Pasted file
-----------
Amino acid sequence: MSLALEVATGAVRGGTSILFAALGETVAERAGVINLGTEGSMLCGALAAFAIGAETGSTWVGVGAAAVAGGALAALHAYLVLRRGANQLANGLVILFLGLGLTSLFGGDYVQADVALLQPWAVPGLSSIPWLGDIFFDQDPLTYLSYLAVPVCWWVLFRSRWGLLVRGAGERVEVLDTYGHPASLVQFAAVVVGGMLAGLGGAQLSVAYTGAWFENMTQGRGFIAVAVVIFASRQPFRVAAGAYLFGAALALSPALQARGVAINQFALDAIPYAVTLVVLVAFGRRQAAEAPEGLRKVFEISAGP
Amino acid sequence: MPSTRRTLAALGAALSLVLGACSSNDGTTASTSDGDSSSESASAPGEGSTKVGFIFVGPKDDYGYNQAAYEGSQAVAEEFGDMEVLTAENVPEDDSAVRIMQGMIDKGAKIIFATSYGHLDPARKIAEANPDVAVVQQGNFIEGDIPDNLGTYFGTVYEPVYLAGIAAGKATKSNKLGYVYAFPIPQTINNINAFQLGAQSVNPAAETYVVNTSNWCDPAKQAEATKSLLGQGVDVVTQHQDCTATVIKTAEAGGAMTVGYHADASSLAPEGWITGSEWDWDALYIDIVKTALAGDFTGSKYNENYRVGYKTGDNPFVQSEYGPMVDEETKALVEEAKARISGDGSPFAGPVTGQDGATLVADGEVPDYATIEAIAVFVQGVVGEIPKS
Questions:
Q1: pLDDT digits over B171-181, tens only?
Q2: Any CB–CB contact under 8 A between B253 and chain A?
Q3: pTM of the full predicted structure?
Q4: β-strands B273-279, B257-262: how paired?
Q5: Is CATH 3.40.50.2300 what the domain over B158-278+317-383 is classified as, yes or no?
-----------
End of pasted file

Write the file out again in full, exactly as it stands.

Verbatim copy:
Amino acid sequence: MSLALEVATGAVRGGTSILFAALGETVAERAGVINLGTEGSMLCGALAAFAIGAETGSTWVGVGAAAVAGGALAALHAYLVLRRGANQLANGLVILFLGLGLTSLFGGDYVQADVALLQPWAVPGLSSIPWLGDIFFDQDPLTYLSYLAVPVCWWVLFRSRWGLLVRGAGERVEVLDTYGHPASLVQFAAVVVGGMLAGLGGAQLSVAYTGAWFENMTQGRGFIAVAVVIFASRQPFRVAAGAYLFGAALALSPALQARGVAINQFALDAIPYAVTLVVLVAFGRRQAAEAPEGLRKVFEISAGP
Amino acid sequence: MPSTRRTLAALGAALSLVLGACSSNDGTTASTSDGDSSSESASAPGEGSTKVGFIFVGPKDDYGYNQAAYEGSQAVAEEFGDMEVLTAENVPEDDSAVRIMQGMIDKGAKIIFATSYGHLDPARKIAEANPDVAVVQQGNFIEGDIPDNLGTYFGTVYEPVYLAGIAAGKATKSNKLGYVYAFPIPQTINNINAFQLGAQSVNPAAETYVVNTSNWCDPAKQAEATKSLLGQGVDVVTQHQDCTATVIKTAEAGGAMTVGYHADASSLAPEGWITGSEWDWDALYIDIVKTALAGDFTGSKYNENYRVGYKTGDNPFVQSEYGPMVDEETKALVEEAKARISGDGSPFAGPVTGQDGATLVADGEVPDYATIEAIAVFVQGVVGEIPKS
Questions:
Q1: pLDDT digits over B171-181, tens only?
Q2: Any CB–CB contact under 8 A between B253 and chain A?
Q3: pTM of the full predicted structure?
Q4: β-strands B273-279, B257-262: how paired?
Q5: Is CATH 3.40.50.2300 what the domain over B158-278+317-383 is classified as, yes or no?